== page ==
In the media: Vattenfall's new coal plant goes online
“Vattenfall connects coal-fired power plant Moorburg to the grid”
After trial runs lasting over a year, the controversial coal-fired Moorburg power plant in Hamburg has begun commercial operation, according to a report on Spiegel Online. With a capacity of 827 megawatts, the first block of the power station operated by public Swedish utility Vattenfall went online over the weekend. A second block is slated to follow in the summer. According to the article, Friends of the Earth Germany called the the plant's activation “a black day for climate protection,” because it is set to emit 8 to 9 million tonnes of carbon dioxide per year. Vattenfall said Moorburg was one of Europe’s most efficient and environmentally friendly coal-fired power plants, saving 2.3 million tonnes of carbon dioxide annually compared to older installations, according to the report.
See the article in German here.
Frankfurter Allgemeine Sonntagszeitung
“No taxes for insulation madness”
In an opinion piece for the Frankfurter Allgemeine Sonntagszeitung, Georg Meck celebrates a set-back for a planned tax break for building insulation. “Without a doubt, saving energy makes sense. Proper heating, good windows and an insulated roof are never a mistake – but why should that concern taxpayers?” asks Meck. “Insulating is not especially ecological, and economically, it’s a joke (…) Every defeat of the insulation industry is a victory for reason,” writes Meck.
Read the article in German here.
“Ecological heating systems are slow sellers”
The modernisation of heating systems, crucial to the success of the Energiewende, has lost pace, Die Welt reports. Total sales of heat generators in Germany fell 4 percent last year, the first decline in five years, according to an annual report by the Association of Heating Industry (BDH) cited by the newspaper. Heating systems incorporating renewable energy sources registered a particularly steep fall. “The federal government will definitely not achieve its goal of increasing the share of renewable heat sources to 14 percent by 2020 in this way,” BDH head Andreas Lücke is quoted as saying. Currently, this share is only 9.1 percent, according to Lücke.
Find the article in German here.
“Delayed and concealed”
In an opinion piece for the Süddeutsche Zeitung, Markus Balser says the German government risks breaking promises it has made regarding the Energiewende, after it postponed an urgently needed decision on building new electricity superhighways until the summer. “The Energiewende enters its critical phase and turns into a balancing act for the grand coalition. Politicians need to defend what they initiated," Balser writes. But he says that few politicians "dare to utter uncomfortable truths," such as the need for sacrifice on the part of those living close to new power lines or wind parks.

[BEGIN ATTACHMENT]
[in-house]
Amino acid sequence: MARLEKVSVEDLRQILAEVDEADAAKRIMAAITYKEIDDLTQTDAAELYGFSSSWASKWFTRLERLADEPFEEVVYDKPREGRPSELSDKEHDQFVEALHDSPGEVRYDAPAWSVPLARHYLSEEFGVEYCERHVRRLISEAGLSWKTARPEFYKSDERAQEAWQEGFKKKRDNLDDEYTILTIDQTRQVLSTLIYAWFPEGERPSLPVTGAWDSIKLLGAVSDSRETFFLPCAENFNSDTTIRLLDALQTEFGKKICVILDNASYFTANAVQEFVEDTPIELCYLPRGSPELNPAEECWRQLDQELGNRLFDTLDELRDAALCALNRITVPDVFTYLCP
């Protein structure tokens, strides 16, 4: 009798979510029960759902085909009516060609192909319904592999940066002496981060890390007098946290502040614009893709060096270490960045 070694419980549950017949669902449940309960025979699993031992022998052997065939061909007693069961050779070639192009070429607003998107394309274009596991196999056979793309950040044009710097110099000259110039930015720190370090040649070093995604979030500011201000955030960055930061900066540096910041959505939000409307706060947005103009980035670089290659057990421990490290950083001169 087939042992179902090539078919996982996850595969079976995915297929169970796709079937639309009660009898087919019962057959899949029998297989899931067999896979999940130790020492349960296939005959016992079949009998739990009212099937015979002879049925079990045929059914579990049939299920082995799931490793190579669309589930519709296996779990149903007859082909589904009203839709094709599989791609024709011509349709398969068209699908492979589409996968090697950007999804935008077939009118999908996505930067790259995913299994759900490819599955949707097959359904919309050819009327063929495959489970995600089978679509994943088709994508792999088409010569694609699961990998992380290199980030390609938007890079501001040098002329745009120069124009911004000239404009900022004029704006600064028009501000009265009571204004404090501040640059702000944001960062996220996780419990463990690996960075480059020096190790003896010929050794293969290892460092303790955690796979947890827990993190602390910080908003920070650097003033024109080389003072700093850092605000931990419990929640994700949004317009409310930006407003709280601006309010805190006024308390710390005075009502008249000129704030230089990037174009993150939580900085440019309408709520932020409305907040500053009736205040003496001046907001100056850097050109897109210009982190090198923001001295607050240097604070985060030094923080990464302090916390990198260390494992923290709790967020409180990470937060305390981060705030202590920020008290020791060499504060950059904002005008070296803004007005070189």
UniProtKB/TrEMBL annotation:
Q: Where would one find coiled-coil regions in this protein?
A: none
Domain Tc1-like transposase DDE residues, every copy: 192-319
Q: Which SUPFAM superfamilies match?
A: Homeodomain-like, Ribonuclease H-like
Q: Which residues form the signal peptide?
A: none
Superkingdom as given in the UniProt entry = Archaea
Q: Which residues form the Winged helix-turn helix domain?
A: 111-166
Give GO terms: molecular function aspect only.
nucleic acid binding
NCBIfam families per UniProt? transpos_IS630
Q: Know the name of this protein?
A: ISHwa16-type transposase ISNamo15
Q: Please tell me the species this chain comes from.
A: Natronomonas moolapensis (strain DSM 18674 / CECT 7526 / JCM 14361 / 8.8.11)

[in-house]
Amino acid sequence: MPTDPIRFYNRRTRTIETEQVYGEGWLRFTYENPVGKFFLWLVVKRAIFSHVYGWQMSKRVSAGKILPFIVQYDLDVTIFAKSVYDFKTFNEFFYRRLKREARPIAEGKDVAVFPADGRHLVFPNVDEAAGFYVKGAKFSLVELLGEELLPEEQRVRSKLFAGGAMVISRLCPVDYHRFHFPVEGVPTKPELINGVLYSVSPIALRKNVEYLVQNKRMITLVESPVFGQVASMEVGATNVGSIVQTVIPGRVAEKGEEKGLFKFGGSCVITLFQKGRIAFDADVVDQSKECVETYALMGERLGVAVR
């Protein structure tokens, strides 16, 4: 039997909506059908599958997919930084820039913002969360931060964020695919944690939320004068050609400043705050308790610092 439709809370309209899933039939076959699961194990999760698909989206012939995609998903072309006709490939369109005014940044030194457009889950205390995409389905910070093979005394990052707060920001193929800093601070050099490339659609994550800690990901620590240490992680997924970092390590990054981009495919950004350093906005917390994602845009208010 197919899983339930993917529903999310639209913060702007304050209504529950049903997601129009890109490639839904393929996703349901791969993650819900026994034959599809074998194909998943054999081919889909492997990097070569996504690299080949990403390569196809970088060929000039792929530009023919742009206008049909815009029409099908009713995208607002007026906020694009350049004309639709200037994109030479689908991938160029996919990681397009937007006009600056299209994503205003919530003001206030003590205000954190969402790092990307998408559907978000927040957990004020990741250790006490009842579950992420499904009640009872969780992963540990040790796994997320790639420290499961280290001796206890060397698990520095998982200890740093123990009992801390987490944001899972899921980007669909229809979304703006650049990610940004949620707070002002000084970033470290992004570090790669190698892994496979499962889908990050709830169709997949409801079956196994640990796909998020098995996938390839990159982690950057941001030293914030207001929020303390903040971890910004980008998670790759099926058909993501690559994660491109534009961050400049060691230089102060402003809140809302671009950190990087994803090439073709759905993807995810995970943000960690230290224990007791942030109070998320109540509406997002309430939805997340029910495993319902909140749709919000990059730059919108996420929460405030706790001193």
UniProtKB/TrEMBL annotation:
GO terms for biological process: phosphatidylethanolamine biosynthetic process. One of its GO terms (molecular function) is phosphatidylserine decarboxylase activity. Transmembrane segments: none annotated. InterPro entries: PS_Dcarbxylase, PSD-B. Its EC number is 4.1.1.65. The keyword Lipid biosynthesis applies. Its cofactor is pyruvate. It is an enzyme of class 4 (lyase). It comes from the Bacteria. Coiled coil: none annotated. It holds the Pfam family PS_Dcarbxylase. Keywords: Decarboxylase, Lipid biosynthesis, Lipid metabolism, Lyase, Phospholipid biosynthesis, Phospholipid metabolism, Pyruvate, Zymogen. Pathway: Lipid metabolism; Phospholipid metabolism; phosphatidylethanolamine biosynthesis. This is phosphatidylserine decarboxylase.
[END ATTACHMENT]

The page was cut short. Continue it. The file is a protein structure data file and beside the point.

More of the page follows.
See CLEW's Dossier on the grid extension here.
“Sale of Dea: LetterOne and RWE complete transaction”
RWE has closed the sale of its subsidiary RWE Dea to the Russian-controlled LetterOne Group for 5.1 billion euros. RWE CEO Peter Terium said in a press release “Dea gets a new owner who wants to invest long term in the oil and gas production business” and that “RWE can now focus fully on its core business.”
RWE Dea owns British assets including the Breagh North Sea natural gas field. The New York Times previously reported that the UK had objected to the deal, concerned that these assets could be shut down if LetterOne became the target of increased sanctions against Russia.
See the New York Times article in English here.
See CLEW’s Dossier on the German utilities here.
“Genuflection in Stockholm”
Two east German states which are home to Vattenfall's extensive lignite mining operations are fighting to keep the mines open, according to a report in the Süddeutsche Zeitung. The state premiers of Brandenburg and Saxony, Dietmar Woidke and Stanislaw Tillich, wrote a letter to parliamentarians in Stockholm urging support for mining extensions and continued investments by Vattenfall, which is owned by the Swedish state, even though the company plans to sell its German lignite operations, the article says. The Green Party in Brandenburg’s regional parliament called the move “a genuflection in front of dirty brown coal.”